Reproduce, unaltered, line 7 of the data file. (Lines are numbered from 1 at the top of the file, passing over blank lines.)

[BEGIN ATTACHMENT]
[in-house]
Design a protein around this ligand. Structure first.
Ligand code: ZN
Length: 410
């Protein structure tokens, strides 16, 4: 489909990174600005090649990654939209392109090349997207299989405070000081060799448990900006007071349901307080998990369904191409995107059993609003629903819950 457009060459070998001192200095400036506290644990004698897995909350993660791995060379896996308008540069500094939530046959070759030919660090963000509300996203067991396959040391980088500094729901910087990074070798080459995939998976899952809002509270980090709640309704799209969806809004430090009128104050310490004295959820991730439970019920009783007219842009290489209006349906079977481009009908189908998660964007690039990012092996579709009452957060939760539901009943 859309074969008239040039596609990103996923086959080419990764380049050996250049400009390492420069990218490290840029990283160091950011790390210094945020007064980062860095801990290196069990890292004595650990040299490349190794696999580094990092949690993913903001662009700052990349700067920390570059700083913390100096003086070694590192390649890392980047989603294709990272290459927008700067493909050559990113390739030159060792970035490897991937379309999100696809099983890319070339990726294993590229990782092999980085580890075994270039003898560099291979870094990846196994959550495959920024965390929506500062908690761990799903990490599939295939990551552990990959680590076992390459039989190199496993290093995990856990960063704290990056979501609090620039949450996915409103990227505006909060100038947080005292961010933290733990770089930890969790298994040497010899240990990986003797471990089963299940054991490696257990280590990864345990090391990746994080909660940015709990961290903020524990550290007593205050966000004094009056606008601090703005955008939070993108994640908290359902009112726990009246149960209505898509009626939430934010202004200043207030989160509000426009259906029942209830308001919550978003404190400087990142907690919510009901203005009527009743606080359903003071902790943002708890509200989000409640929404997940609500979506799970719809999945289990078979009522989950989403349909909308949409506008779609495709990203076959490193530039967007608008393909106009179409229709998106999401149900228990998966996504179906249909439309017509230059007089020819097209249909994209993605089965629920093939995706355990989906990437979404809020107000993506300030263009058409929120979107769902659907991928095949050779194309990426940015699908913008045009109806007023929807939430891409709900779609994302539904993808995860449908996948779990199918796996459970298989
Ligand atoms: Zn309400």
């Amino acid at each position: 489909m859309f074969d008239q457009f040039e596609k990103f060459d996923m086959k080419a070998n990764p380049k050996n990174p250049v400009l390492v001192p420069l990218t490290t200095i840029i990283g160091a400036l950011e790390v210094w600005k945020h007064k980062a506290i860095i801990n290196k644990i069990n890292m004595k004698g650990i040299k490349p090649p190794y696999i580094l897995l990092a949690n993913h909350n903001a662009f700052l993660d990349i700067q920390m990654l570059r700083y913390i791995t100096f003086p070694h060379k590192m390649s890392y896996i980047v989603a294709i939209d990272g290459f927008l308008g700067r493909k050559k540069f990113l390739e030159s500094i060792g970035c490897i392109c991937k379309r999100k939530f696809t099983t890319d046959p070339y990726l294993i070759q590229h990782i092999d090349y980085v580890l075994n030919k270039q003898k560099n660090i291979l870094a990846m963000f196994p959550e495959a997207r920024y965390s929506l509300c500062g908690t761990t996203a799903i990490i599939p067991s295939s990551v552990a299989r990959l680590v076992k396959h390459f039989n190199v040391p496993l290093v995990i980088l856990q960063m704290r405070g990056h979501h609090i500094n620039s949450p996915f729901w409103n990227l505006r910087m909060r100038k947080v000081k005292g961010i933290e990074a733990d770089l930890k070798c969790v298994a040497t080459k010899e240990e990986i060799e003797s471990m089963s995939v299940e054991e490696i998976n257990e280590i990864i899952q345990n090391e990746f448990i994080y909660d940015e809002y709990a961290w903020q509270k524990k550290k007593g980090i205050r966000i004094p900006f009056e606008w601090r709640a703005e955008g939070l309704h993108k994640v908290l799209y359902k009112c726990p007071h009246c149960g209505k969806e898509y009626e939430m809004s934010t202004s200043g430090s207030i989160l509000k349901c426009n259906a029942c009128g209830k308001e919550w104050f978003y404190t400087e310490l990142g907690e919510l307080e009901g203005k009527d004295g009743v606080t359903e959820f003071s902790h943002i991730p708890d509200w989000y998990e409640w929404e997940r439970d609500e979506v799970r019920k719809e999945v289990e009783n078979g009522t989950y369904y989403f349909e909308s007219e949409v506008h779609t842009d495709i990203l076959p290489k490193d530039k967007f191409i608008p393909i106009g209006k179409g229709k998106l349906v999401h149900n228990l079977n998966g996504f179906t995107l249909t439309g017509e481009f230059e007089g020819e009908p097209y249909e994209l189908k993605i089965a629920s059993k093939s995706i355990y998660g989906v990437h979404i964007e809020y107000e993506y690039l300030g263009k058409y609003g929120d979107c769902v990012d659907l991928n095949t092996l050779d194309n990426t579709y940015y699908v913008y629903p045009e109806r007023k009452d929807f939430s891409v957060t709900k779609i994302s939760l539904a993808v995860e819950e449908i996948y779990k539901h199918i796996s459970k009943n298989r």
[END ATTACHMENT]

């Amino acid at each position: 489909m859309f074969d008239q457009f040039e596609k990103f060459d996923m086959k080419a070998n990764p380049k050996n990174p250049v400009l390492v001192p420069l990218t490290t200095i840029i990283g160091a400036l950011e790390v210094w600005k945020h007064k980062a506290i860095i801990n290196k644990i069990n890292m004595k004698g650990i040299k490349p090649p190794y696999i580094l897995l990092a949690n993913h909350n903001a662009f700052l993660d990349i700067q920390m990654l570059r700083y913390i791995t100096f003086p070694h060379k590192m390649s890392y896996i980047v989603a294709i939209d990272g290459f927008l308008g700067r493909k050559k540069f990113l390739e030159s500094i060792g970035c490897i392109c991937k379309r999100k939530f696809t099983t890319d046959p070339y990726l294993i070759q590229h990782i092999d090349y980085v580890l075994n030919k270039q003898k560099n660090i291979l870094a990846m963000f196994p959550e495959a997207r920024y965390s929506l509300c500062g908690t761990t996203a799903i990490i599939p067991s295939s990551v552990a299989r990959l680590v076992k396959h390459f039989n190199v040391p496993l290093v995990i980088l856990q960063m704290r405070g990056h979501h609090i500094n620039s949450p996915f729901w409103n990227l505006r910087m909060r100038k947080v000081k005292g961010i933290e990074a733990d770089l930890k070798c969790v298994a040497t080459k010899e240990e990986i060799e003797s471990m089963s995939v299940e054991e490696i998976n257990e280590i990864i899952q345990n090391e990746f448990i994080y909660d940015e809002y709990a961290w903020q509270k524990k550290k007593g980090i205050r966000i004094p900006f009056e606008w601090r709640a703005e955008g939070l309704h993108k994640v908290l799209y359902k009112c726990p007071h009246c149960g209505k969806e898509y009626e939430m809004s934010t202004s200043g430090s207030i989160l509000k349901c426009n259906a029942c009128g209830k308001e919550w104050f978003y404190t400087e310490l990142g907690e919510l307080e009901g203005k009527d004295g009743v606080t359903e959820f003071s902790h943002i991730p708890d509200w989000y998990e409640w929404e997940r439970d609500e979506v799970r019920k719809e999945v289990e009783n078979g009522t989950y369904y989403f349909e909308s007219e949409v506008h779609t842009d495709i990203l076959p290489k490193d530039k967007f191409i608008p393909i106009g209006k179409g229709k998106l349906v999401h149900n228990l079977n998966g996504f179906t995107l249909t439309g017509e481009f230059e007089g020819e009908p097209y249909e994209l189908k993605i089965a629920s059993k093939s995706i355990y998660g989906v990437h979404i964007e809020y107000e993506y690039l300030g263009k058409y609003g929120d979107c769902v990012d659907l991928n095949t092996l050779d194309n990426t579709y940015y699908v913008y629903p045009e109806r007023k009452d929807f939430s891409v957060t709900k779609i994302s939760l539904a993808v995860e819950e449908i996948y779990k539901h199918i796996s459970k009943n298989r």